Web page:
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It all began for me the night that Saturday Night Live debuted in 1975...
The guest host, George Carlin, did a brief monologue about food ("Why are there no blue foods?"), and segued into a riff on the incongrous phrase "jumbo shrimp" (or as he put it, JUMBO shrimp), finishing off saying "those two words are mutually exclusive - like Military Intelligence!"
The studio audience laughed and applauded, and I, a rather bookish young man, thought "How many other contradictory phrases can I think of?" And I've been doing it ever since.
As the "Me Decade" of the '70s tuned to the "Who Me?" Decade of the '80s, interest in the liguistic device now known as Oxymorons grew, and so did my personal collection. A list of over 300 on an office bulletin board didn't survive a job change in 1986, but I reconstructed it. A couple of books were published on the subject; I wished I'd put my collection into print (with appropriate comments - it would have been more interesting than what did hit the bookstores). I kept taking little notes every time I heard something that sounded Oxymoronic, but too many of those notes never survived to add to my now-PC-based list.
As we entered the "Not Me" Decade of the '90s, magazine titles that asked Is (enter phrase here) An Oxymoron? or proclaimed (enter phrase here) Is NOT An Oxymoron became a cliche, and my enthusiasm for Oxys (as I like to call them) waned. Until I got onto the Internet.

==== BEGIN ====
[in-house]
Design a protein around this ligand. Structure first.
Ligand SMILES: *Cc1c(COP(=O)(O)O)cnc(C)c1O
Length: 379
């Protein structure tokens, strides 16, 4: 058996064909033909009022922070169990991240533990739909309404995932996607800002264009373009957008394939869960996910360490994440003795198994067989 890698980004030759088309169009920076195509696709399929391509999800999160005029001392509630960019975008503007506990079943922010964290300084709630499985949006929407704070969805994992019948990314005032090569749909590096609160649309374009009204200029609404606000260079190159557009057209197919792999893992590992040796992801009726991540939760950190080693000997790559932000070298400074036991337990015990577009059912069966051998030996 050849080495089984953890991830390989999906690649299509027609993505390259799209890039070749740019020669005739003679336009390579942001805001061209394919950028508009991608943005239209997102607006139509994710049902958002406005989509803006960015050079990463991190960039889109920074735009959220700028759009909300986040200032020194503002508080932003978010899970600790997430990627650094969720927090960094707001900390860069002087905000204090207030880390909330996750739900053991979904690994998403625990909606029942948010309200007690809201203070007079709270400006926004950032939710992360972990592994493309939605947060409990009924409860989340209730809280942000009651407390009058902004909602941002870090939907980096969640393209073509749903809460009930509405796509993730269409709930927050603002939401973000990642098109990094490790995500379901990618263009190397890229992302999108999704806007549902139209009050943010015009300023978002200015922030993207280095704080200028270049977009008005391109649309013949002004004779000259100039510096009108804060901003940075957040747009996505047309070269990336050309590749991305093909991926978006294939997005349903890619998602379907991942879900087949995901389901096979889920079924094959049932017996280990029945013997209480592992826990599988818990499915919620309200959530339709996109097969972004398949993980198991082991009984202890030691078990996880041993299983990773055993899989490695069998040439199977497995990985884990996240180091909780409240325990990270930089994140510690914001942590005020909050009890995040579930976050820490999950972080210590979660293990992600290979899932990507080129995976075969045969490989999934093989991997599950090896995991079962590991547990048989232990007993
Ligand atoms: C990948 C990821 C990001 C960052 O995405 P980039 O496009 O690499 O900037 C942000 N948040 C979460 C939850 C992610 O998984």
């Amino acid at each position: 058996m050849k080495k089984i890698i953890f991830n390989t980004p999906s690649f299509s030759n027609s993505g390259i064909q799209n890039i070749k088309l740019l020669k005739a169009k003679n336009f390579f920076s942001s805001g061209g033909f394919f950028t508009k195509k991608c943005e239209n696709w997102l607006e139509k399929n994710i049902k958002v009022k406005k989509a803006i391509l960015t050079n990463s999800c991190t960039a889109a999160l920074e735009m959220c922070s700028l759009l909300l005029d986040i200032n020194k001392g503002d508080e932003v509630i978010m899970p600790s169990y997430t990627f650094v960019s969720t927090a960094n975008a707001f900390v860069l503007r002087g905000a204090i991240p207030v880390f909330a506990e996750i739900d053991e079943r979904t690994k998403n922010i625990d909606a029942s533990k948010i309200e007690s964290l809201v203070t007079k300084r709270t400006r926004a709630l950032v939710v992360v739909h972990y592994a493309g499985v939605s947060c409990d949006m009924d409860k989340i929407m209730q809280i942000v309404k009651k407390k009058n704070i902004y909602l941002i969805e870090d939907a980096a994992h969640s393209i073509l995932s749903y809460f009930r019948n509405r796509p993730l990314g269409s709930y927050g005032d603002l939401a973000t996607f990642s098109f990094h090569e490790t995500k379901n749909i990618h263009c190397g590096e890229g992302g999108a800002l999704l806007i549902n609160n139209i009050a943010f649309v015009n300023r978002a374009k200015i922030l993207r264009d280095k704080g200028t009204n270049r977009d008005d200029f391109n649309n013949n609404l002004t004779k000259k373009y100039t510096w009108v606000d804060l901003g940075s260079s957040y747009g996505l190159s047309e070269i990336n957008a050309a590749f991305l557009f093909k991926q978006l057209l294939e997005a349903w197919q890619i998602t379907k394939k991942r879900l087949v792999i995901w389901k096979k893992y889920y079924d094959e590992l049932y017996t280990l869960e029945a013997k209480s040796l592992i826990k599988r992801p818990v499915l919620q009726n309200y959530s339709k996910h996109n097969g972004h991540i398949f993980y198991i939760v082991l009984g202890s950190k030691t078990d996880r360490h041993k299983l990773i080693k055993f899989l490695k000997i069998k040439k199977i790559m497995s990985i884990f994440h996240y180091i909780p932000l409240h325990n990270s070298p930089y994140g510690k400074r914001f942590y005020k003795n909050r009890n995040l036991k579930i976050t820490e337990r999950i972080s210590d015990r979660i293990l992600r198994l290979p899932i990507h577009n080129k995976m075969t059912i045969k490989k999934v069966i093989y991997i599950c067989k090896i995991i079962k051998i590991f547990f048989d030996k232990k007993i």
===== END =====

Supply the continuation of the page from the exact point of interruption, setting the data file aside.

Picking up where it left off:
I found my first web-based Oxymoron list on a so-called humor site. The list was the ubiquitous Top 50. One of the first times I played with a search engine, I typed in OXYMORON, and discovered dozens of like-minded meme collectors (plus lots of clones of the Top 50 and lots more Is It?/Is NOT articles). Most lists were shorter than mine. One, on the website Focusing on Words, was a lot bigger - over 1100 examples of paradox, irony and clumsy language.
I downloaded and added hundreds more Oxys from almost a hundred different sites to my makeshift database; I promised myself if I ever got around to putting up a personal website, this megalist would be on it. Finally, in the fall of 1999, the Weblog Movement gave me both the motivation and a format to get "sited", and I was determined that my Oxy list would hit the web soon after. I had over 2000 unduplicated items, and the idea struck me: an Oxymoron List for the Year 2000 - THE OXY 2000.
But I had two matters to address: there was a lot of questionable, lame or insulting material claiming to be Oxymorons in what I collected, and I wanted to give proper credit to my sources, especially for the good oxymorons that appeared on only one other list. Some work remains to be done on both matters, but I could not let any more time pass before debuting the list. Check back here for more updates on my plans to add more cross-referncing, mini-lists and oxymoron-related features to this site.